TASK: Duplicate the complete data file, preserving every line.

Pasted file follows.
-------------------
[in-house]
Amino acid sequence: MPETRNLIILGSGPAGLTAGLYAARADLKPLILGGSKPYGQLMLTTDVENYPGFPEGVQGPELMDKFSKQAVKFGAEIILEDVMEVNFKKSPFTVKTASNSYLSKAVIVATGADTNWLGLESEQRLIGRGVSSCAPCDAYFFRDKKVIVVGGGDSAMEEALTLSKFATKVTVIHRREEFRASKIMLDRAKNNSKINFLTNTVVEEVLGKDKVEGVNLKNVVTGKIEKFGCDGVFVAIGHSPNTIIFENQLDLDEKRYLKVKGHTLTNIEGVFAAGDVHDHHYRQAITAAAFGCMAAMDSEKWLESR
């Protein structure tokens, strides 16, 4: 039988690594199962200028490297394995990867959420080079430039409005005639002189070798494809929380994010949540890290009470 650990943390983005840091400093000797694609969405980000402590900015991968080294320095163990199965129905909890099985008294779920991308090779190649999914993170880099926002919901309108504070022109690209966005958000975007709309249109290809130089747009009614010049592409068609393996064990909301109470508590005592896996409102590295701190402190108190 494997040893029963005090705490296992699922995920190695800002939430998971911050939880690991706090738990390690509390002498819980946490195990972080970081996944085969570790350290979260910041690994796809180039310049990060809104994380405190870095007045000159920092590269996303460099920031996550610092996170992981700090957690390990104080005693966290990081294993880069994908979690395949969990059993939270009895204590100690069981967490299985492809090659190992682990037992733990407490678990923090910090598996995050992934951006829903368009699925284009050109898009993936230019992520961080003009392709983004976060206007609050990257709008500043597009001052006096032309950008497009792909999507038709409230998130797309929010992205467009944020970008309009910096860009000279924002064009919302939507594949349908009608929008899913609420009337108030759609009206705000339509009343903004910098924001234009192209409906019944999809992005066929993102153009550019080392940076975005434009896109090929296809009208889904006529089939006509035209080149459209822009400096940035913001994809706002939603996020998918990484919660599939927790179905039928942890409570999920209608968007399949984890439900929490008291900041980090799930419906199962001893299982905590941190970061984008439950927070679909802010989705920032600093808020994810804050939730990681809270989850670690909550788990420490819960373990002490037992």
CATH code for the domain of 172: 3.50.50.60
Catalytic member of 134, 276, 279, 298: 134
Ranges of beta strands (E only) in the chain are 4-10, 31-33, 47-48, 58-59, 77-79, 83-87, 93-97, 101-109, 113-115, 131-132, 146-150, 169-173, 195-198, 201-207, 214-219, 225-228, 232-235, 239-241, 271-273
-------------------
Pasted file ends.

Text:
[in-house]
Amino acid sequence: MPETRNLIILGSGPAGLTAGLYAARADLKPLILGGSKPYGQLMLTTDVENYPGFPEGVQGPELMDKFSKQAVKFGAEIILEDVMEVNFKKSPFTVKTASNSYLSKAVIVATGADTNWLGLESEQRLIGRGVSSCAPCDAYFFRDKKVIVVGGGDSAMEEALTLSKFATKVTVIHRREEFRASKIMLDRAKNNSKINFLTNTVVEEVLGKDKVEGVNLKNVVTGKIEKFGCDGVFVAIGHSPNTIIFENQLDLDEKRYLKVKGHTLTNIEGVFAAGDVHDHHYRQAITAAAFGCMAAMDSEKWLESR
């Protein structure tokens, strides 16, 4: 039988690594199962200028490297394995990867959420080079430039409005005639002189070798494809929380994010949540890290009470 650990943390983005840091400093000797694609969405980000402590900015991968080294320095163990199965129905909890099985008294779920991308090779190649999914993170880099926002919901309108504070022109690209966005958000975007709309249109290809130089747009009614010049592409068609393996064990909301109470508590005592896996409102590295701190402190108190 494997040893029963005090705490296992699922995920190695800002939430998971911050939880690991706090738990390690509390002498819980946490195990972080970081996944085969570790350290979260910041690994796809180039310049990060809104994380405190870095007045000159920092590269996303460099920031996550610092996170992981700090957690390990104080005693966290990081294993880069994908979690395949969990059993939270009895204590100690069981967490299985492809090659190992682990037992733990407490678990923090910090598996995050992934951006829903368009699925284009050109898009993936230019992520961080003009392709983004976060206007609050990257709008500043597009001052006096032309950008497009792909999507038709409230998130797309929010992205467009944020970008309009910096860009000279924002064009919302939507594949349908009608929008899913609420009337108030759609009206705000339509009343903004910098924001234009192209409906019944999809992005066929993102153009550019080392940076975005434009896109090929296809009208889904006529089939006509035209080149459209822009400096940035913001994809706002939603996020998918990484919660599939927790179905039928942890409570999920209608968007399949984890439900929490008291900041980090799930419906199962001893299982905590941190970061984008439950927070679909802010989705920032600093808020994810804050939730990681809270989850670690909550788990420490819960373990002490037992």
CATH code for the domain of 172: 3.50.50.60
Catalytic member of 134, 276, 279, 298: 134
Ranges of beta strands (E only) in the chain are 4-10, 31-33, 47-48, 58-59, 77-79, 83-87, 93-97, 101-109, 113-115, 131-132, 146-150, 169-173, 195-198, 201-207, 214-219, 225-228, 232-235, 239-241, 271-273